Mini Meds: The Insurance Industry Swindle
Is a few thousand dollars worth of health care coverage really insurance? Senator Jay Rockefeller (D-WV) raised this question at a December 1 hearing appropriately entitled Are Mini-Med Policies Really Health Insurance? As chair of the Senate Commerce, Science and Transportation Committee, he is questioning the value of these mini-medical plans. The Senator should be praised for his continued work on health reform, and especially so for focusing a spotlight on limited benefit plans.
You may recall the dust-up in September when McDonalds Corporation threatened to drop coverage for their employees if they were required to comply with the Affordable Care Act’s (ACA) new consumer protections. These protections included the elimination of lifetime caps on benefits, an increase in allowable annual caps and a requirement that insurers use 80-85 percent of premium dollars to pay for the medical care, called a medical loss ratio.
The ACA included this provision to ensure insurance companies were not spending excessively on overhead or profits, and to ensure basic consumer protections in health insurance. McDonalds and other companies offering mini-medical plans said these standards were too tough to meet.
Mini-medical plan carriers claim their affordable coverage, while limited, is better than nothing. Perhaps, but it is not a certainty.
According to a survey of employers done by the consulting firm Mercer, the median annual cap for mini medical plan benefits is $7,000. This amount could easily be exceeded after a short hospital visit. However, misleading plan design and language actually makes these stated limited benefits even more diminished.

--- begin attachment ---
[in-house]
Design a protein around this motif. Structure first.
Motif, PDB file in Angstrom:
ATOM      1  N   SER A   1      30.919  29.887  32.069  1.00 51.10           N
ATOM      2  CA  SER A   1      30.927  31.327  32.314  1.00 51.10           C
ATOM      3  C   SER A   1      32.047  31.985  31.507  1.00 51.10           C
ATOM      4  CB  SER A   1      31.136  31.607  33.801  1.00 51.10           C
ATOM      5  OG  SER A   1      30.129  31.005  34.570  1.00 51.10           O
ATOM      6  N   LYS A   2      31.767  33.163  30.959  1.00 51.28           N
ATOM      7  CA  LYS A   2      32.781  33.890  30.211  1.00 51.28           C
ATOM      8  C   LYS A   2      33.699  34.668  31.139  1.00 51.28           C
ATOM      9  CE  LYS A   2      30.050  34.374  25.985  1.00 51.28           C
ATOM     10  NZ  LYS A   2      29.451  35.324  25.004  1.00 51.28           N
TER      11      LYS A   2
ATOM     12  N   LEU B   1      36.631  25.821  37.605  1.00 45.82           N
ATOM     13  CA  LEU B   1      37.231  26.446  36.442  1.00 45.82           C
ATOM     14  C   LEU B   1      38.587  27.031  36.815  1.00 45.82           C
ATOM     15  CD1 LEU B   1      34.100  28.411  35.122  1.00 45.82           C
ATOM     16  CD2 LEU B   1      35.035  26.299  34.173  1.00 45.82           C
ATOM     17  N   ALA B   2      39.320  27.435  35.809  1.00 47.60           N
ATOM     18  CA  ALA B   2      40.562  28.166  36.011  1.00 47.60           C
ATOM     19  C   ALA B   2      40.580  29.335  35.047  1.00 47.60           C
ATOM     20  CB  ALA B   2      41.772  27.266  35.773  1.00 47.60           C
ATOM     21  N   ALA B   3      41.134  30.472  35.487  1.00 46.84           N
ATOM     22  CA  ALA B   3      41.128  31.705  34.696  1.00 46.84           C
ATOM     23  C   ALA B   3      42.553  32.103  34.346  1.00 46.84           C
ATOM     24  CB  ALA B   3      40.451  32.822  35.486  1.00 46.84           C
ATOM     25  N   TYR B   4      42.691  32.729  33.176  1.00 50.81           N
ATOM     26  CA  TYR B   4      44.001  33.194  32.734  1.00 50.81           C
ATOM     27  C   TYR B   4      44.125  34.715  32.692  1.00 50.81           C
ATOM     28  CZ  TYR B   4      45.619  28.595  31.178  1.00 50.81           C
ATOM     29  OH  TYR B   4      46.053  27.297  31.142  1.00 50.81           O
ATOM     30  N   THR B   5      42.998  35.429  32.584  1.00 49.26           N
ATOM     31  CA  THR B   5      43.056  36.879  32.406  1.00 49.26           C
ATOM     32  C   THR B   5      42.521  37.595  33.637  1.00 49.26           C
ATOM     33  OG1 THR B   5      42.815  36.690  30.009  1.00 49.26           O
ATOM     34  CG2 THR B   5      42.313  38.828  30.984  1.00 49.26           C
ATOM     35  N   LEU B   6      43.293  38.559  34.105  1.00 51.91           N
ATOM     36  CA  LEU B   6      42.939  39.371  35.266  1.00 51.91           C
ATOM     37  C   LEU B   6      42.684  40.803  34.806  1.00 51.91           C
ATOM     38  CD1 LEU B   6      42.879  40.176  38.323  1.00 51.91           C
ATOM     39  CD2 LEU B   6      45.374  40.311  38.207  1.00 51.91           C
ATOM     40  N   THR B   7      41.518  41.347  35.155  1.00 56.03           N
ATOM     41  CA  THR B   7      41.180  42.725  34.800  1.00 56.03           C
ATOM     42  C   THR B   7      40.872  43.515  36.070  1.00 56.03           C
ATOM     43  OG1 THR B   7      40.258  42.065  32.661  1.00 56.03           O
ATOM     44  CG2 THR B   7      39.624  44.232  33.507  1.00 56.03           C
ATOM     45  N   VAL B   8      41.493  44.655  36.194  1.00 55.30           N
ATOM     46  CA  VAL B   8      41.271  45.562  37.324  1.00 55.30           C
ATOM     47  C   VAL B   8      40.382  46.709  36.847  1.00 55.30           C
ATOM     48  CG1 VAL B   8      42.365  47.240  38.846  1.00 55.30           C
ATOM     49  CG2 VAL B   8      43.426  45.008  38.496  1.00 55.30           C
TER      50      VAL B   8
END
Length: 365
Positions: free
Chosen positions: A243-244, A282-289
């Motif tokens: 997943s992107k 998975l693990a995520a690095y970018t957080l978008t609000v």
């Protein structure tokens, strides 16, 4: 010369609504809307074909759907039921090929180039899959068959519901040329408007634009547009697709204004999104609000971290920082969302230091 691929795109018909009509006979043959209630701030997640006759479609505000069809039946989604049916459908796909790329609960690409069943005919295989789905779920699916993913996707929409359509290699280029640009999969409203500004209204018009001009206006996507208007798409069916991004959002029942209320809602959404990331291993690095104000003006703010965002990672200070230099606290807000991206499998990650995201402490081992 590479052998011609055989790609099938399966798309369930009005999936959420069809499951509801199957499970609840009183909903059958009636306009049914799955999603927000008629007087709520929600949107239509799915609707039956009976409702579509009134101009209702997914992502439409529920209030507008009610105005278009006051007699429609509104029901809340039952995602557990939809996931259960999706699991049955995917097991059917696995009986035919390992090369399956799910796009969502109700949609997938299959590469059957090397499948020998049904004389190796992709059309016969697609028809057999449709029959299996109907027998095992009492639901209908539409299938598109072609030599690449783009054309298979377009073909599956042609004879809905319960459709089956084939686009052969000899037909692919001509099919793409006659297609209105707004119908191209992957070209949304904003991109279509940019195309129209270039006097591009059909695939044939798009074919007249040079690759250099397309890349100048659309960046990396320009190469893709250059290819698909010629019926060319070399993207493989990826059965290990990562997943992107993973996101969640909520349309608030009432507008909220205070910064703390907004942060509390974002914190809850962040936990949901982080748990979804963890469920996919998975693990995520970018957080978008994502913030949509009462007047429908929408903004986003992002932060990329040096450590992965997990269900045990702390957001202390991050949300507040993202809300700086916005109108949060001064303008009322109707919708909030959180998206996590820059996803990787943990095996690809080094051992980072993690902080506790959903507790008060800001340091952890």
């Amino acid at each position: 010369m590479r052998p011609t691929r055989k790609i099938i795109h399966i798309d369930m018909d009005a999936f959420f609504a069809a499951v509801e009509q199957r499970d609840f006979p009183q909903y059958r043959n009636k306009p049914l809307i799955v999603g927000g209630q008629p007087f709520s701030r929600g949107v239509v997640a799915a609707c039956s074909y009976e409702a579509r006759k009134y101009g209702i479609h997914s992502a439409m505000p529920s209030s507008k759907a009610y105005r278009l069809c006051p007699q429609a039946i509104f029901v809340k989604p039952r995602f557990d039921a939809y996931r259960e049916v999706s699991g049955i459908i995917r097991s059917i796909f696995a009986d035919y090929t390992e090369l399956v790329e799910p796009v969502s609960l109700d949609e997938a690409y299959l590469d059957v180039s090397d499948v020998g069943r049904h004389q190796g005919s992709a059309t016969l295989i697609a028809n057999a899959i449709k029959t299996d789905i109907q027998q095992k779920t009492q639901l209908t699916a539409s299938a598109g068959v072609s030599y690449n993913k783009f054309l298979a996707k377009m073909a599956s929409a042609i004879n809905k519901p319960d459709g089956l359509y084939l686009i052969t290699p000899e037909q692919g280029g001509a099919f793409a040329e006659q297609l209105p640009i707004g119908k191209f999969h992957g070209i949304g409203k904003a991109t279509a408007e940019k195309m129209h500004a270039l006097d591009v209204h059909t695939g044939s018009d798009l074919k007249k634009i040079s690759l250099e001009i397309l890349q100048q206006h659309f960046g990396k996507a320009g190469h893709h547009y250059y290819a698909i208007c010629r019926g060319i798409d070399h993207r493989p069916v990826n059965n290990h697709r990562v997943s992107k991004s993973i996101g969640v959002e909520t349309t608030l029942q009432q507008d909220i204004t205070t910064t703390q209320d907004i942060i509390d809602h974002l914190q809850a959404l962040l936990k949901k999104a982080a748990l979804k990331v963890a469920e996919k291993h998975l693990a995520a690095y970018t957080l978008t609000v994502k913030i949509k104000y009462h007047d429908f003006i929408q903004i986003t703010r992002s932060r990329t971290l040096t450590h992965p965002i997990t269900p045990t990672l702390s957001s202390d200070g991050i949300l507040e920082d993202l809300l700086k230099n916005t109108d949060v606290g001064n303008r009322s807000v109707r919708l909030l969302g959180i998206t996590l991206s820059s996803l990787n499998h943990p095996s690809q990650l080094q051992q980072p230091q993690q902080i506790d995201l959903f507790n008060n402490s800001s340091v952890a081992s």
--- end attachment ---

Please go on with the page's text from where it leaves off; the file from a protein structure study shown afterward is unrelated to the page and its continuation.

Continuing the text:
For example, mini-meds typically cap hospital, physician, diagnostic, and preventive care benefits. They also limit payments toward hospitalization by establishing a per day maximum rate. The effect of limiting reimbursement to $250 for each day’s stay in a hospital allows mini-med plans to further limit their financial exposure, but means that consumers are left with the bill.
Such trickery lets mini-med plans keep more of the premium dollar while those covered by such plans incur medical debt if they get sick. Many of the estimated 1.4 million Americans with mini-meds were double-crossed. Through The Access Project’s work on medical debt, we have encountered many people who were deceived into believing that their plans offered a modest cushion of protection. Those who got sick learned, after the fact, that they had even less coverage than outlined in bold letters on their policies.
The industry has all but admitted that mini-med plans have not been straightforward about coverage limitations. Just this week, an industry trade group representative noted that federal regulators will require mini-medical plans, next year, to inform enrollees about plan limits. He went on to say the industry supports this increased transparency.
An Act of Congress was literally required for them to take this step. A clear warning that these faux insurance plans offer little or no protection should be a requirement. However, the best protection for Americans is full and prompt implementation of the ACA. Once this is a reality, real insurance protections will be extended to all Americans.
– Mark Rukavina, Guest Blogger Executive Director, The Access Project